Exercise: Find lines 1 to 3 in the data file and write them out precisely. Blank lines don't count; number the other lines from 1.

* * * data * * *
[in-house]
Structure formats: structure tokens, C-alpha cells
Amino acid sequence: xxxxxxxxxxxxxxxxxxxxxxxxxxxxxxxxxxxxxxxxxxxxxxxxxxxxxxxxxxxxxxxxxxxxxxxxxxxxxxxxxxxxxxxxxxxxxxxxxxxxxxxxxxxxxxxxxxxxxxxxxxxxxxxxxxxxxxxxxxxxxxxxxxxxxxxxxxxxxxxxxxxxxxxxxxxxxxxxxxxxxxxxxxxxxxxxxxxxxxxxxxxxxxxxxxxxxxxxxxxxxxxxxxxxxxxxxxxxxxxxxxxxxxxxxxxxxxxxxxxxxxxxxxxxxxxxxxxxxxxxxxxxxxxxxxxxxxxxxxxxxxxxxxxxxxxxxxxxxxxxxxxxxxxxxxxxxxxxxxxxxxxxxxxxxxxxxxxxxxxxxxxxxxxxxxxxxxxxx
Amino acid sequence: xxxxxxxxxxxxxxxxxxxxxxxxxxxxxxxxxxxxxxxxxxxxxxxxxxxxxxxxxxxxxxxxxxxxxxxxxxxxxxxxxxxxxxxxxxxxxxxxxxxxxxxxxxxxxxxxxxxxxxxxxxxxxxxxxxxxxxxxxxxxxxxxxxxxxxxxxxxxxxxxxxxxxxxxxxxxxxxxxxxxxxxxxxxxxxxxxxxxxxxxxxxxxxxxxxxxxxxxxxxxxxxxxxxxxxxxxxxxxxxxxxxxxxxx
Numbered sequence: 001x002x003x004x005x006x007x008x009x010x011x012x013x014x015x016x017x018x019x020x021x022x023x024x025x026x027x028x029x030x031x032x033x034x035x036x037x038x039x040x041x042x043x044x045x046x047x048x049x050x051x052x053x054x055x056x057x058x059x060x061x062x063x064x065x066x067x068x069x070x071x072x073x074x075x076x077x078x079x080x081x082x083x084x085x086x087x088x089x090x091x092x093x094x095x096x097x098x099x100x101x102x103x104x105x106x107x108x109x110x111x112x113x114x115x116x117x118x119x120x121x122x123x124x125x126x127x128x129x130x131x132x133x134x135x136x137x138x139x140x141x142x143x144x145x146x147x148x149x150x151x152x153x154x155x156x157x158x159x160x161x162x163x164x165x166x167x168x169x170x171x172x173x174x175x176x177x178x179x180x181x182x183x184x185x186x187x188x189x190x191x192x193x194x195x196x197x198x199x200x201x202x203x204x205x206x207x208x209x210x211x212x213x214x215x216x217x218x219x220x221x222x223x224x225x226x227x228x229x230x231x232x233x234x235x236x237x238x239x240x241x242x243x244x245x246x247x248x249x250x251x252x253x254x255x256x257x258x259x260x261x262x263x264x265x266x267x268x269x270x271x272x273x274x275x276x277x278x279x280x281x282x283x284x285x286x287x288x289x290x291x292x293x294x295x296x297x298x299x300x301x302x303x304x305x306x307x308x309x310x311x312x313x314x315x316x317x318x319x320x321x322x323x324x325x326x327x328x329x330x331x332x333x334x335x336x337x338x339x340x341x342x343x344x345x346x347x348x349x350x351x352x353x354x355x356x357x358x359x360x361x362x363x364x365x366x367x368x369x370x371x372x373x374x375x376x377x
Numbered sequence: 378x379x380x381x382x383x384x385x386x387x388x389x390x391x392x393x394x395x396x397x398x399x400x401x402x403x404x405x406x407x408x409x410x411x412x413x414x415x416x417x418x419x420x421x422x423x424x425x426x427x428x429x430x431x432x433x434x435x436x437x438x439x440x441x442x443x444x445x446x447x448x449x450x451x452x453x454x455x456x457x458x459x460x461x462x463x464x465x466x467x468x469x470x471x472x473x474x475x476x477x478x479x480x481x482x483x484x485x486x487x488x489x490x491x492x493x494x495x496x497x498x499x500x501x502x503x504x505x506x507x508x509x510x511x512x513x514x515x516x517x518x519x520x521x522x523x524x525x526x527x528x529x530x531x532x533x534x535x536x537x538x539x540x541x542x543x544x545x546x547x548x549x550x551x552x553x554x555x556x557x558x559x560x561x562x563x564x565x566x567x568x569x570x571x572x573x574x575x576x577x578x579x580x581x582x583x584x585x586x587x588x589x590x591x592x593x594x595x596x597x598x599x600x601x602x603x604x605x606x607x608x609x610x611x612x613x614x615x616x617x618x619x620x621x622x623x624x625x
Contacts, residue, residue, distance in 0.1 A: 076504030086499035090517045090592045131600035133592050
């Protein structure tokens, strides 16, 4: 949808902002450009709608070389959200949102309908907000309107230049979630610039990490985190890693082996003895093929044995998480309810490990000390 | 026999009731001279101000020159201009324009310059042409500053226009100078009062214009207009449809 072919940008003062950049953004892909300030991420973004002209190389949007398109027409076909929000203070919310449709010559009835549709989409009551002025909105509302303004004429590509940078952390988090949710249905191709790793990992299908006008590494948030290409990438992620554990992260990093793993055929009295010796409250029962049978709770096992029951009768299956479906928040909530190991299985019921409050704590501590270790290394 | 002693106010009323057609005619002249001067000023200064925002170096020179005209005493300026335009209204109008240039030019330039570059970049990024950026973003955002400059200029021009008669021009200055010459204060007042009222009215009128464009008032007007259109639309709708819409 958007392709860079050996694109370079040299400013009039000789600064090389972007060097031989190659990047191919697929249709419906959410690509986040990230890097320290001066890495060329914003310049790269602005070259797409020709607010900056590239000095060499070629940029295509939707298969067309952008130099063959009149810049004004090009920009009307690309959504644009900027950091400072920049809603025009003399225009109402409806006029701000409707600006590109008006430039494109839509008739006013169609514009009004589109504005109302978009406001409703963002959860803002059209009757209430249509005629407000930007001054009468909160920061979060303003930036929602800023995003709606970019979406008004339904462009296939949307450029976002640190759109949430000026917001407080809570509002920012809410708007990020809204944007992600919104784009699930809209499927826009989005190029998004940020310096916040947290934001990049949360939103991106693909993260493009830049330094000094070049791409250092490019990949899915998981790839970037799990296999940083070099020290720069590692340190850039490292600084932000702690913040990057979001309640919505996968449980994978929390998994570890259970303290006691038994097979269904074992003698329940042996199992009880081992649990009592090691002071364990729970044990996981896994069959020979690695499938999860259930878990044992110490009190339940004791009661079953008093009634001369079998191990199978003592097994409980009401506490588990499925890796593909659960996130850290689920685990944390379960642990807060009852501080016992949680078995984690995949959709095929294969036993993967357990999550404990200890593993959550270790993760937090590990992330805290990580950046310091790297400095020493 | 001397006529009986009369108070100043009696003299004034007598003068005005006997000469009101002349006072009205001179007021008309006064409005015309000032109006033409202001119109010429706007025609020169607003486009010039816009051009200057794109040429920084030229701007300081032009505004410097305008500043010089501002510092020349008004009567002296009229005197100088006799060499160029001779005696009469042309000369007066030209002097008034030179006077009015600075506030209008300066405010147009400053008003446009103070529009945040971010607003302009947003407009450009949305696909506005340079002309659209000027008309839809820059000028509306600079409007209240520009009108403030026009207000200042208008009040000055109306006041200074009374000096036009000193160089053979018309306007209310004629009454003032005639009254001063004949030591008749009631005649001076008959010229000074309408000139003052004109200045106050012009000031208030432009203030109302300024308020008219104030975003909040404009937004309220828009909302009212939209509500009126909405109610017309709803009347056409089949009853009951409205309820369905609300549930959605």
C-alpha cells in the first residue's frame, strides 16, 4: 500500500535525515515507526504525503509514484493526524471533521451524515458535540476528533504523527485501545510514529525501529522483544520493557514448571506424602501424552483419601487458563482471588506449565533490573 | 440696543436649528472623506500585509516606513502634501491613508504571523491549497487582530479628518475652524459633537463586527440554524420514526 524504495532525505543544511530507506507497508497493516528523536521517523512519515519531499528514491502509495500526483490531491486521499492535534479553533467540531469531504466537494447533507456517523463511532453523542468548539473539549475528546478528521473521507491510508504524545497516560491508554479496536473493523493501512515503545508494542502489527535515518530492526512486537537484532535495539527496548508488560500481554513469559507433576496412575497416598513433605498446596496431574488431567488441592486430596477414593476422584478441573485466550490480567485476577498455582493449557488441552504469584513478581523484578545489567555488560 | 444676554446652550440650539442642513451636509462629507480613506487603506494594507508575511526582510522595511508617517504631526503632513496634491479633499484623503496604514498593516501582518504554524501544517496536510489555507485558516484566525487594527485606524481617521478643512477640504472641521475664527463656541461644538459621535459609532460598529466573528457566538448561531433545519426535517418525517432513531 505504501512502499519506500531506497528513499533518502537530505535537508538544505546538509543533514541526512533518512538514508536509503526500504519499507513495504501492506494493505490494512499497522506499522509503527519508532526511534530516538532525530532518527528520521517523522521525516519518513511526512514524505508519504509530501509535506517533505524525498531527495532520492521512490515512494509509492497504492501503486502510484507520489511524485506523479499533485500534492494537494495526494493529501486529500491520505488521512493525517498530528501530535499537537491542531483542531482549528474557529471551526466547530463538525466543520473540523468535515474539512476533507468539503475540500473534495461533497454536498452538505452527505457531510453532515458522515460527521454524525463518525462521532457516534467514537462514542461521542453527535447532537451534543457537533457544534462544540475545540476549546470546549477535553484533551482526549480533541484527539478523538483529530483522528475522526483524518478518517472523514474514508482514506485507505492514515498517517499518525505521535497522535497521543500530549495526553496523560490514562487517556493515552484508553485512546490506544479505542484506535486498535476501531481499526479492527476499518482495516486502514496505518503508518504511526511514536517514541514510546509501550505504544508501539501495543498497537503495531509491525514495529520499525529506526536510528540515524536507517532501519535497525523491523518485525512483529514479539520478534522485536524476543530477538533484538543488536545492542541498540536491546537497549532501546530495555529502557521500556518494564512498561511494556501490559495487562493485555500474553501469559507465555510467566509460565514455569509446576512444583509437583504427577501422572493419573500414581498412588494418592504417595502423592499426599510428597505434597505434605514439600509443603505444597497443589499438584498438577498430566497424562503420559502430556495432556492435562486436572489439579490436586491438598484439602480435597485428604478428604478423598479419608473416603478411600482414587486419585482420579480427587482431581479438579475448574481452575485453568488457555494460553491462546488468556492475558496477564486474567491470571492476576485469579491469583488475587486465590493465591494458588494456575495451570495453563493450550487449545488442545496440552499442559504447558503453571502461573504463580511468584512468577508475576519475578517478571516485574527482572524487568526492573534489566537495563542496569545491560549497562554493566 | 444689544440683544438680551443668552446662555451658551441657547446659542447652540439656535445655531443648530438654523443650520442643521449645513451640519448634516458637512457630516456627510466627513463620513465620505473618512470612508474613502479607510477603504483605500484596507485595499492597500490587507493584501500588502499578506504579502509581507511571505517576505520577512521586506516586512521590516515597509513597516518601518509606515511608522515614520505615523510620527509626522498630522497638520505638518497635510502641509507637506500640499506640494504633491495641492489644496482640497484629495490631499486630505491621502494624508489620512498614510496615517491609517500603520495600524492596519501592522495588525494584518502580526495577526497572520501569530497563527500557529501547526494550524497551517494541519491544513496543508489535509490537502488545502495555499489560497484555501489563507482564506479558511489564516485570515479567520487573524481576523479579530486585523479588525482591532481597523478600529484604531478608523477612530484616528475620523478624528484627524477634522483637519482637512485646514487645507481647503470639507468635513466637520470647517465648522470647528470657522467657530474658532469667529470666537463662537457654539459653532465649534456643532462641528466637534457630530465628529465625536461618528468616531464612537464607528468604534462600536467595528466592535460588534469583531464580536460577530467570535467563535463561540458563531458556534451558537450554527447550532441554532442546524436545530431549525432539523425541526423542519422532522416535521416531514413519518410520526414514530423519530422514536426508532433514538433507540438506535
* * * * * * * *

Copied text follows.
[in-house]
Structure formats: structure tokens, C-alpha cells
Amino acid sequence: xxxxxxxxxxxxxxxxxxxxxxxxxxxxxxxxxxxxxxxxxxxxxxxxxxxxxxxxxxxxxxxxxxxxxxxxxxxxxxxxxxxxxxxxxxxxxxxxxxxxxxxxxxxxxxxxxxxxxxxxxxxxxxxxxxxxxxxxxxxxxxxxxxxxxxxxxxxxxxxxxxxxxxxxxxxxxxxxxxxxxxxxxxxxxxxxxxxxxxxxxxxxxxxxxxxxxxxxxxxxxxxxxxxxxxxxxxxxxxxxxxxxxxxxxxxxxxxxxxxxxxxxxxxxxxxxxxxxxxxxxxxxxxxxxxxxxxxxxxxxxxxxxxxxxxxxxxxxxxxxxxxxxxxxxxxxxxxxxxxxxxxxxxxxxxxxxxxxxxxxxxxxxxxxxxxxxxxxx